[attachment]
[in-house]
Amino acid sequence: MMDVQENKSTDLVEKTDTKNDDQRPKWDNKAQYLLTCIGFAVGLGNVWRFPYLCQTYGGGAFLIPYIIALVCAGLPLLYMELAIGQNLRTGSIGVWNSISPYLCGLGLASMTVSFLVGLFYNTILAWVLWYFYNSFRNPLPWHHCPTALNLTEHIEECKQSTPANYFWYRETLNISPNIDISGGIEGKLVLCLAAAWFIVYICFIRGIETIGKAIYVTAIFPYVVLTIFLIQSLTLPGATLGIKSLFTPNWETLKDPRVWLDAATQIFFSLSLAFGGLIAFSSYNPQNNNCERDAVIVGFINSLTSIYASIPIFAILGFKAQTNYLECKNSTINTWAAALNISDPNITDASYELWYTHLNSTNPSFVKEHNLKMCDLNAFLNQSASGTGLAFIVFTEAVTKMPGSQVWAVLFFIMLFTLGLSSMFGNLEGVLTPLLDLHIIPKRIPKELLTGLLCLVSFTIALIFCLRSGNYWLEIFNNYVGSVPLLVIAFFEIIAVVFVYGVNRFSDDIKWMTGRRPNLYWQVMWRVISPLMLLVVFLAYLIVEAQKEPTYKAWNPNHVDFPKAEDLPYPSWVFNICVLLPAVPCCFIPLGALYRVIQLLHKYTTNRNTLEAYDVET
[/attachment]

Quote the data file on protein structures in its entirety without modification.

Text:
[in-house]
Amino acid sequence: MMDVQENKSTDLVEKTDTKNDDQRPKWDNKAQYLLTCIGFAVGLGNVWRFPYLCQTYGGGAFLIPYIIALVCAGLPLLYMELAIGQNLRTGSIGVWNSISPYLCGLGLASMTVSFLVGLFYNTILAWVLWYFYNSFRNPLPWHHCPTALNLTEHIEECKQSTPANYFWYRETLNISPNIDISGGIEGKLVLCLAAAWFIVYICFIRGIETIGKAIYVTAIFPYVVLTIFLIQSLTLPGATLGIKSLFTPNWETLKDPRVWLDAATQIFFSLSLAFGGLIAFSSYNPQNNNCERDAVIVGFINSLTSIYASIPIFAILGFKAQTNYLECKNSTINTWAAALNISDPNITDASYELWYTHLNSTNPSFVKEHNLKMCDLNAFLNQSASGTGLAFIVFTEAVTKMPGSQVWAVLFFIMLFTLGLSSMFGNLEGVLTPLLDLHIIPKRIPKELLTGLLCLVSFTIALIFCLRSGNYWLEIFNNYVGSVPLLVIAFFEIIAVVFVYGVNRFSDDIKWMTGRRPNLYWQVMWRVISPLMLLVVFLAYLIVEAQKEPTYKAWNPNHVDFPKAEDLPYPSWVFNICVLLPAVPCCFIPLGALYRVIQLLHKYTTNRNTLEAYDVET